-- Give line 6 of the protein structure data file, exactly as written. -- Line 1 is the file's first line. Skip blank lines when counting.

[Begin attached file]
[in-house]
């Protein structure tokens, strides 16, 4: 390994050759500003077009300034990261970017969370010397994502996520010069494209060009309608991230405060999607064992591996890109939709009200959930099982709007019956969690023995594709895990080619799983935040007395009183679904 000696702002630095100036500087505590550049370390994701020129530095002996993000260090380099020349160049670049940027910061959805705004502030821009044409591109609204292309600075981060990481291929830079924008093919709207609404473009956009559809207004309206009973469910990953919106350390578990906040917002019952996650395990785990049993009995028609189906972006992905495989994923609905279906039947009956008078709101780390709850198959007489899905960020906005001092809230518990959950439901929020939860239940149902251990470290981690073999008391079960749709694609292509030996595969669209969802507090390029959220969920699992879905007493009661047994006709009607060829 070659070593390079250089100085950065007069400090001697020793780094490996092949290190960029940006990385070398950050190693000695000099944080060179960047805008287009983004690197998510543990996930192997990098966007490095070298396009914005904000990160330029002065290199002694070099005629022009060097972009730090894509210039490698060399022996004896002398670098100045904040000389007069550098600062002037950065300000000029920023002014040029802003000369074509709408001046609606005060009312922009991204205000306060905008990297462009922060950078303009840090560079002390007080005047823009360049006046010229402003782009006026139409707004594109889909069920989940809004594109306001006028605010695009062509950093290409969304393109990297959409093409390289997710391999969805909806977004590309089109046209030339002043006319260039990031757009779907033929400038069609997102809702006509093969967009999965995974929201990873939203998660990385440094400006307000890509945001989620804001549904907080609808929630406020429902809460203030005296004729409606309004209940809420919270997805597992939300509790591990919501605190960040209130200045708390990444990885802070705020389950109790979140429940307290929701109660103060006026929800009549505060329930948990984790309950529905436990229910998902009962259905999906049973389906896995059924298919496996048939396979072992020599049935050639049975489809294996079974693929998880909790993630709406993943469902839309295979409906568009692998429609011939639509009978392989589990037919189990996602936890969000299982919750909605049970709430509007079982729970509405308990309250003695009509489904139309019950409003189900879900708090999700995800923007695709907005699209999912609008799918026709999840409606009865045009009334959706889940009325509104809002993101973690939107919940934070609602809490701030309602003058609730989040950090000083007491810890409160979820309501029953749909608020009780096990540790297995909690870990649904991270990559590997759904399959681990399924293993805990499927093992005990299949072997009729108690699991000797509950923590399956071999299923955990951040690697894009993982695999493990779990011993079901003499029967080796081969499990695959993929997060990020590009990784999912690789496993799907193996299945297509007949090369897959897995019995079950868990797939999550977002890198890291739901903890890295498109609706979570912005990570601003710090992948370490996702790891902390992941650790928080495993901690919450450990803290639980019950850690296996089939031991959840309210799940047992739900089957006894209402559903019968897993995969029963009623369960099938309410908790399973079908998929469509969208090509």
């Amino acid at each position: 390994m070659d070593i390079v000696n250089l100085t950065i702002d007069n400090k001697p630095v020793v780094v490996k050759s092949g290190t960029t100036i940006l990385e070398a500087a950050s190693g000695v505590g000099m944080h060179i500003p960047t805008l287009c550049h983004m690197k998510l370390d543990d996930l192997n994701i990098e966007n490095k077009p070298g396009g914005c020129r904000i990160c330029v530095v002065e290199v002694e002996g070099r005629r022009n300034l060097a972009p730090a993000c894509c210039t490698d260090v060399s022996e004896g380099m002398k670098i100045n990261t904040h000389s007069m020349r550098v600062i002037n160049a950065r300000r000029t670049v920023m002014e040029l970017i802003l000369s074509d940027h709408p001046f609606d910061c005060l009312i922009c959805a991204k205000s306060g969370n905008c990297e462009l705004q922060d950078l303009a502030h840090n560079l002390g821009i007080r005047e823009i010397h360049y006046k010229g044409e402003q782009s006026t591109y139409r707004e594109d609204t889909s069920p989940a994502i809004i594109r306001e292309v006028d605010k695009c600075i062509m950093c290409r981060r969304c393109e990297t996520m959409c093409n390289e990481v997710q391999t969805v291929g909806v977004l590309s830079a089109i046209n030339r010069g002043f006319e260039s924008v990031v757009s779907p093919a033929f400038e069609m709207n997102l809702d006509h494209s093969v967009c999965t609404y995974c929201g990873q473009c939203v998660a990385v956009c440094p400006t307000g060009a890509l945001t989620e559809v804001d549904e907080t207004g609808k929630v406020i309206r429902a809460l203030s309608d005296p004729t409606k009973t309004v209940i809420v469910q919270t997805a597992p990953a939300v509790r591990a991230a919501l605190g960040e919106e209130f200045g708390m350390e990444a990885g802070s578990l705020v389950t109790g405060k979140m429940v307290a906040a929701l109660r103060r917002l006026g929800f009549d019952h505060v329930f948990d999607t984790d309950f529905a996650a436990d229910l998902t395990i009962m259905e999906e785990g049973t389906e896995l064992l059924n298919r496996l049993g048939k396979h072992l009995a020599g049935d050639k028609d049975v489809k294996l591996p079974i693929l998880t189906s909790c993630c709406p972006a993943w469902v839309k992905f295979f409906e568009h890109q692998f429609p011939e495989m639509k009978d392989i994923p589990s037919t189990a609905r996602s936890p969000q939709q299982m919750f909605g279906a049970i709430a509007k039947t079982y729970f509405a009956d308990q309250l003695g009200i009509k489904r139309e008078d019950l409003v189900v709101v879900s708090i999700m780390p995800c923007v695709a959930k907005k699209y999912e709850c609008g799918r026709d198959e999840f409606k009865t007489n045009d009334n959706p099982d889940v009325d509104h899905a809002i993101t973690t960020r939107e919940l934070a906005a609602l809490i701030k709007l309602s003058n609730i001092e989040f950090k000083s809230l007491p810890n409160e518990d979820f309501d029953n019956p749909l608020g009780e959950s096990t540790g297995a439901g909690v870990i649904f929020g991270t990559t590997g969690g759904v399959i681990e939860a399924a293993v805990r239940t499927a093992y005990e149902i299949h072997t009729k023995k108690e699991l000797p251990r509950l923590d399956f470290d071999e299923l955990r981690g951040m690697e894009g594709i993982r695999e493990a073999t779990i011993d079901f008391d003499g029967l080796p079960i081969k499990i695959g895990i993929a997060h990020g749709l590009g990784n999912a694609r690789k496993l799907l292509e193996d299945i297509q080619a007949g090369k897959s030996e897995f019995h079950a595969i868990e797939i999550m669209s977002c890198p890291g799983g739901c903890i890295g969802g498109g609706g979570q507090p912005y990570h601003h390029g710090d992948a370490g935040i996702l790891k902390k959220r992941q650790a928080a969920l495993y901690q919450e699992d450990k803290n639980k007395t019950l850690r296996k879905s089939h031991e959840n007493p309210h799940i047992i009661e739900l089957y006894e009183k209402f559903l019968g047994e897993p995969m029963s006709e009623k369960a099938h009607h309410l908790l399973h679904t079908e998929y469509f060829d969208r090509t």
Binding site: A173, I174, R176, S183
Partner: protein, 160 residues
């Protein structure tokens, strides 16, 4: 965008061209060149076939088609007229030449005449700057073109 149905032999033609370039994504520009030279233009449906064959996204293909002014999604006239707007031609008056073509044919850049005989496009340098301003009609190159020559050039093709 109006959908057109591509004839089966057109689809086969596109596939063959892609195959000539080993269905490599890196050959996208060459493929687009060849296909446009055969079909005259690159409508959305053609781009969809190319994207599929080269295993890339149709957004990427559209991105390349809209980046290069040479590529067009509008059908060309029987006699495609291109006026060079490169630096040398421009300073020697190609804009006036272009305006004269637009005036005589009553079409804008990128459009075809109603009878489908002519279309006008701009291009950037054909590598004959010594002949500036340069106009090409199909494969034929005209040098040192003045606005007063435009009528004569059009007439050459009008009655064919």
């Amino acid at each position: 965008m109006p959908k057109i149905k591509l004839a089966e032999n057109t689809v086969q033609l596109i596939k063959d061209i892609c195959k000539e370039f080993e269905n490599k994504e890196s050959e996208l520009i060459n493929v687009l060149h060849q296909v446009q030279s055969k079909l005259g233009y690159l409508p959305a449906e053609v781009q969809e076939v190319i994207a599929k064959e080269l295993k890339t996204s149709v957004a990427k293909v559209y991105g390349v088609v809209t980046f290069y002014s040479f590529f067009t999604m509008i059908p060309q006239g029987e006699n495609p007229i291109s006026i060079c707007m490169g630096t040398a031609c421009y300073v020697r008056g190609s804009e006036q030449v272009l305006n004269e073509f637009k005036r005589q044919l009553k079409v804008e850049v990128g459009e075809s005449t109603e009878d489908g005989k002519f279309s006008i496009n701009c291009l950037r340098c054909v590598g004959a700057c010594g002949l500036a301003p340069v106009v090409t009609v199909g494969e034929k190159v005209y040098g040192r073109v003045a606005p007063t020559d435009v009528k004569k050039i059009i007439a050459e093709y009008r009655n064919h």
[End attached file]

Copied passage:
């Protein structure tokens, strides 16, 4: 965008061209060149076939088609007229030449005449700057073109 149905032999033609370039994504520009030279233009449906064959996204293909002014999604006239707007031609008056073509044919850049005989496009340098301003009609190159020559050039093709 109006959908057109591509004839089966057109689809086969596109596939063959892609195959000539080993269905490599890196050959996208060459493929687009060849296909446009055969079909005259690159409508959305053609781009969809190319994207599929080269295993890339149709957004990427559209991105390349809209980046290069040479590529067009509008059908060309029987006699495609291109006026060079490169630096040398421009300073020697190609804009006036272009305006004269637009005036005589009553079409804008990128459009075809109603009878489908002519279309006008701009291009950037054909590598004959010594002949500036340069106009090409199909494969034929005209040098040192003045606005007063435009009528004569059009007439050459009008009655064919």